And the worst part about it? Carey’s biff was caused, in large if not exclusive part, by a cruel and nonsensical rule by the sport’s governing body, the International Gymnastics Federation, or FIG, to intentionally disallow what’s called a “touch warmup” before event finals. That’s right: The rule meant that the entire affair was a hot, dangerous mess on purpose.
A touch warmup is exactly what it sounds like. Just before competition, gymnasts typically are allowed to briefly get a feel for the apparatus they’ll be competing on, after completing a longer warmup in a different gym away from (what are usually) spectators. On bars, the athletes swing about half a routine; on beam, they jump on and hit a few acro skills, then usually a quick “timer” (not full) dismount; on floor, they do one or two runs of tumbling—and on vault, they run down the runway and hit another timer, affording them the opportunity to, among other things, check their steps.
Without a touch warmup—which gymnasts get before literally every other competition besides Olympics and World Championships event finals—the athletes are hitting their signature apparatus cold. And so, unsurprisingly, they rarely compete at their best.
The reasoning behind the ban is truly ridiculous. We, the viewers, are rooting for every one of these gymnasts to hit the routines of their lives (may the best of the best win!), but instead are treated to a broadcast full of mat-eating because the FIG insists that a touch warmup (which takes all of five minutes) ruins broadcast continuity and, as the 2010 meeting minutes of the FIG council say, “undermine[s] entertainment quality” by slightly boring viewers and extending broadcast time—unlike, say, an elaborate 20-minute medal ceremony that looks exactly like literally every single other one in the Olympics. That’s just dope television to be sure. (An email to the FIG to inquire about the provenance of this rule has not yet been returned; a Change.org petition to change it closed in on 1,500 signatures as of this writing. Update, Aug. 2, 2021, at 12:59 p.m. ET: The FIG has responded that it canceled the warmup in April 2001 “with the recommendation of the Athletes’ Commission.”)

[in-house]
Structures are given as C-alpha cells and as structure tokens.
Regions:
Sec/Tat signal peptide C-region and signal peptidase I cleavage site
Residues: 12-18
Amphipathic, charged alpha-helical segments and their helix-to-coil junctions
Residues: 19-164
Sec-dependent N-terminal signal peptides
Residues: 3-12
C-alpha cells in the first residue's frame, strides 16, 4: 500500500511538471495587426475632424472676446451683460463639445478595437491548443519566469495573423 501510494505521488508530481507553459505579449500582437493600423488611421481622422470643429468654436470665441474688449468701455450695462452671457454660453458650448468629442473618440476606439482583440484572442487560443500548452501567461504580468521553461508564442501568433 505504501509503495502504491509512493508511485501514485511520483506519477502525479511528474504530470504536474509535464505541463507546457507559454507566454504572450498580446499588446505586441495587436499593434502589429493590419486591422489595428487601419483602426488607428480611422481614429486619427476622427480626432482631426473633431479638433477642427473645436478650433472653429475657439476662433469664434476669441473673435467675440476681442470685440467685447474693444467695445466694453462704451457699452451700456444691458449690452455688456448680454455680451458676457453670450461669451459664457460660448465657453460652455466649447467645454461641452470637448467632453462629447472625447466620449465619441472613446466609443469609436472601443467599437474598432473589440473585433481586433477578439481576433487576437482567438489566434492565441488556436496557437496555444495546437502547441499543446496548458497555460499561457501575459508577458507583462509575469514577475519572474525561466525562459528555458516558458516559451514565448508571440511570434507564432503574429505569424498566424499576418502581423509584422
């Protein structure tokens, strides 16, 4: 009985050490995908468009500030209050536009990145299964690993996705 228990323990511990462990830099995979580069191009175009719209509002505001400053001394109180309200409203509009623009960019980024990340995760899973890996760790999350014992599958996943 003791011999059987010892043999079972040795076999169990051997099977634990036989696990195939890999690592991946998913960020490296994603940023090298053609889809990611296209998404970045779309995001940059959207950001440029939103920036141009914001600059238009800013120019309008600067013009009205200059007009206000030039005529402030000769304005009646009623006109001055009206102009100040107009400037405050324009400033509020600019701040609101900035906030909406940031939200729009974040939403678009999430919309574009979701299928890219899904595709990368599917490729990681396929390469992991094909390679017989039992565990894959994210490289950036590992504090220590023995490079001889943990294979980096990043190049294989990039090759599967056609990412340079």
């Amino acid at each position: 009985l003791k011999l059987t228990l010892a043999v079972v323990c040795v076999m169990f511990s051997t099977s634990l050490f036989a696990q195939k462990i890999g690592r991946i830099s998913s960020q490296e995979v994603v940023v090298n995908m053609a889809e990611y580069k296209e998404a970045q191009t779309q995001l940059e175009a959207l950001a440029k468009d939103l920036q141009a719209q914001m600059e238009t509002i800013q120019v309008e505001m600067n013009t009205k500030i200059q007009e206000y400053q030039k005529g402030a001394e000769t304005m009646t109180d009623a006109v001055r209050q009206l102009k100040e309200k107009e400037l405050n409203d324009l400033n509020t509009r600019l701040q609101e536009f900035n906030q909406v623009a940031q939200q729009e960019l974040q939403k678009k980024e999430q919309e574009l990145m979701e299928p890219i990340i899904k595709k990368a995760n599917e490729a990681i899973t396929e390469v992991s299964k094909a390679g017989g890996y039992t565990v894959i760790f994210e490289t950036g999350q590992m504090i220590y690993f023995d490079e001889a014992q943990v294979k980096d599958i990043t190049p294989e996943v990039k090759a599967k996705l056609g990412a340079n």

It’s worth emphasizing that, yes, you read right: The governing body of the sport of gymnastics refuses to let gymnasts safely warm up so that they can compete at their best, because somehow it is better “entertainment” to watch the greatest gymnasts on Earth struggle.
This accursed Olympiad has brought a lot—a lot—of jabber about diversity and inclusion and athlete safety and athlete centeredness. And for a second, I thought there might be a quick FIG about-face just to entice the GOAT back onto the competition floor (she has, like practically every other gymnast alive, called for a touch warmup in event finals). But apparently not even the potential to lure back the sport’s biggest ratings draw could persuade its authorities to prioritize athlete safety, to say nothing of performance. So, lucky us—and luckier gymnasts: The broadcast length of the upcoming two event finals will be absolutely perfect, affording us all an unhindered look at the quality entertainment of watching athletes needlessly get their dreams crushed, if their bodies manage to stay intact.
Correction, Aug. 2, 2021: This piece originally misspelled Rayderley Zapata’s first name.